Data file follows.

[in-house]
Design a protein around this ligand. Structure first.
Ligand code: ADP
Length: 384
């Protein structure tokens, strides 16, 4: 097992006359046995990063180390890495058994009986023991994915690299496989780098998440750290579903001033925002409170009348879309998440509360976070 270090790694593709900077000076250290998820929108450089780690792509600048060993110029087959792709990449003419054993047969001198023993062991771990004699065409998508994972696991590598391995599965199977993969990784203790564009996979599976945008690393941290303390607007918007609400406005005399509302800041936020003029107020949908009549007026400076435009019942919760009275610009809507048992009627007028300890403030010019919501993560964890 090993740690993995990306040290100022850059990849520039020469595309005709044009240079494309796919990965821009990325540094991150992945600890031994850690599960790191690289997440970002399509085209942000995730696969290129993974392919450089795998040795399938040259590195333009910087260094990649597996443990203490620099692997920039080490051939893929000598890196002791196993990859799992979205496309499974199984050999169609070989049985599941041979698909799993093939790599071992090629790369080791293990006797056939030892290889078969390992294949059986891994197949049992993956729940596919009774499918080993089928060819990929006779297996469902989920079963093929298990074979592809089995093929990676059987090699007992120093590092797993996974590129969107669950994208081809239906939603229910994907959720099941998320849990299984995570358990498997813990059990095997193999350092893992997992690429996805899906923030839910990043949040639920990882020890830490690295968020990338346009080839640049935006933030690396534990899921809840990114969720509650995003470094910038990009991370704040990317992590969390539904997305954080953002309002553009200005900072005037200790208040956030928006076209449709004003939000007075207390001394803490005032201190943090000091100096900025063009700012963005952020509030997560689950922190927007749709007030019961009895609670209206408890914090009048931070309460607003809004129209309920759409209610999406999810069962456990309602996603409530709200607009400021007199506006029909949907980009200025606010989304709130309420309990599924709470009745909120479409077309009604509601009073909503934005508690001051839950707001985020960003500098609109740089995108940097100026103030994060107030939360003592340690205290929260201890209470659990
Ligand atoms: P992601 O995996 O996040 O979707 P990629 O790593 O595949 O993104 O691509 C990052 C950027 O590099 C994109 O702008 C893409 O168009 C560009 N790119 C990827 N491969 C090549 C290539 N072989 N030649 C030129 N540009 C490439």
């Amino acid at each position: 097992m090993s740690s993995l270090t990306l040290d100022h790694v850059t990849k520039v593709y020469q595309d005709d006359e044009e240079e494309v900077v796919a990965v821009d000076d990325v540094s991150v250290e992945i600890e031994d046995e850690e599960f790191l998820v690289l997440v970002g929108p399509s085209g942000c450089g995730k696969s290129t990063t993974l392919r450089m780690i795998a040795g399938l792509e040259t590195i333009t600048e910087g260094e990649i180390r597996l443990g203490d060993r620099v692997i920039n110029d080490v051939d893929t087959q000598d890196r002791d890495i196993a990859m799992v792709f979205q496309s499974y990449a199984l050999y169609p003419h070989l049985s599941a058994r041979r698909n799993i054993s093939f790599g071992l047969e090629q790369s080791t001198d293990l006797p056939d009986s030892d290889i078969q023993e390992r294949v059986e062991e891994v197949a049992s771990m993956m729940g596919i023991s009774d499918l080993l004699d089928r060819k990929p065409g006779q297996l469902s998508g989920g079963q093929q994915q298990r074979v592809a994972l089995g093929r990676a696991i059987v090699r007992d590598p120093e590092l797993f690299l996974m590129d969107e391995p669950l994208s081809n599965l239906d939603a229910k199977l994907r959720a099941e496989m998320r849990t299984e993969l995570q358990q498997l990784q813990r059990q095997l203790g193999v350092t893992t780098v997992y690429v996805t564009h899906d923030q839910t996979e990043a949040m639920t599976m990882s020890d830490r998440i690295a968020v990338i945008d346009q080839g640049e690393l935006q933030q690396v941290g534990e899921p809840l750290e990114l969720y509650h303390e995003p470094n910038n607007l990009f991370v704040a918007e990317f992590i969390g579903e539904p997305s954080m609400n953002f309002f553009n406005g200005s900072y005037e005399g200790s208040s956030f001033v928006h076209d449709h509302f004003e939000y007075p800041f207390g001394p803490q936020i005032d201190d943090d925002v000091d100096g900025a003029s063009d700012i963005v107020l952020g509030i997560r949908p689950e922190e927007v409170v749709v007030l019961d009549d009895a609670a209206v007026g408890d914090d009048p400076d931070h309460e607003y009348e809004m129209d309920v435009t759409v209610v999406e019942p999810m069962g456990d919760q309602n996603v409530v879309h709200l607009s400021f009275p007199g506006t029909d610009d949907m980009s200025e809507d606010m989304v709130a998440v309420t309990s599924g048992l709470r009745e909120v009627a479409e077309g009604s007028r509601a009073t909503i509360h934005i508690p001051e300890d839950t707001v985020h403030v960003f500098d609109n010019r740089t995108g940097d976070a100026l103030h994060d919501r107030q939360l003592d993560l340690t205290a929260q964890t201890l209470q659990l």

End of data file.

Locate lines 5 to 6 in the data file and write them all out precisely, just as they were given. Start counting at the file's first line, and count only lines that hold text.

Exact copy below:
């Protein structure tokens, strides 16, 4: 097992006359046995990063180390890495058994009986023991994915690299496989780098998440750290579903001033925002409170009348879309998440509360976070 270090790694593709900077000076250290998820929108450089780690792509600048060993110029087959792709990449003419054993047969001198023993062991771990004699065409998508994972696991590598391995599965199977993969990784203790564009996979599976945008690393941290303390607007918007609400406005005399509302800041936020003029107020949908009549007026400076435009019942919760009275610009809507048992009627007028300890403030010019919501993560964890 090993740690993995990306040290100022850059990849520039020469595309005709044009240079494309796919990965821009990325540094991150992945600890031994850690599960790191690289997440970002399509085209942000995730696969290129993974392919450089795998040795399938040259590195333009910087260094990649597996443990203490620099692997920039080490051939893929000598890196002791196993990859799992979205496309499974199984050999169609070989049985599941041979698909799993093939790599071992090629790369080791293990006797056939030892290889078969390992294949059986891994197949049992993956729940596919009774499918080993089928060819990929006779297996469902989920079963093929298990074979592809089995093929990676059987090699007992120093590092797993996974590129969107669950994208081809239906939603229910994907959720099941998320849990299984995570358990498997813990059990095997193999350092893992997992690429996805899906923030839910990043949040639920990882020890830490690295968020990338346009080839640049935006933030690396534990899921809840990114969720509650995003470094910038990009991370704040990317992590969390539904997305954080953002309002553009200005900072005037200790208040956030928006076209449709004003939000007075207390001394803490005032201190943090000091100096900025063009700012963005952020509030997560689950922190927007749709007030019961009895609670209206408890914090009048931070309460607003809004129209309920759409209610999406999810069962456990309602996603409530709200607009400021007199506006029909949907980009200025606010989304709130309420309990599924709470009745909120479409077309009604509601009073909503934005508690001051839950707001985020960003500098609109740089995108940097100026103030994060107030939360003592340690205290929260201890209470659990
Ligand atoms: P992601 O995996 O996040 O979707 P990629 O790593 O595949 O993104 O691509 C990052 C950027 O590099 C994109 O702008 C893409 O168009 C560009 N790119 C990827 N491969 C090549 C290539 N072989 N030649 C030129 N540009 C490439």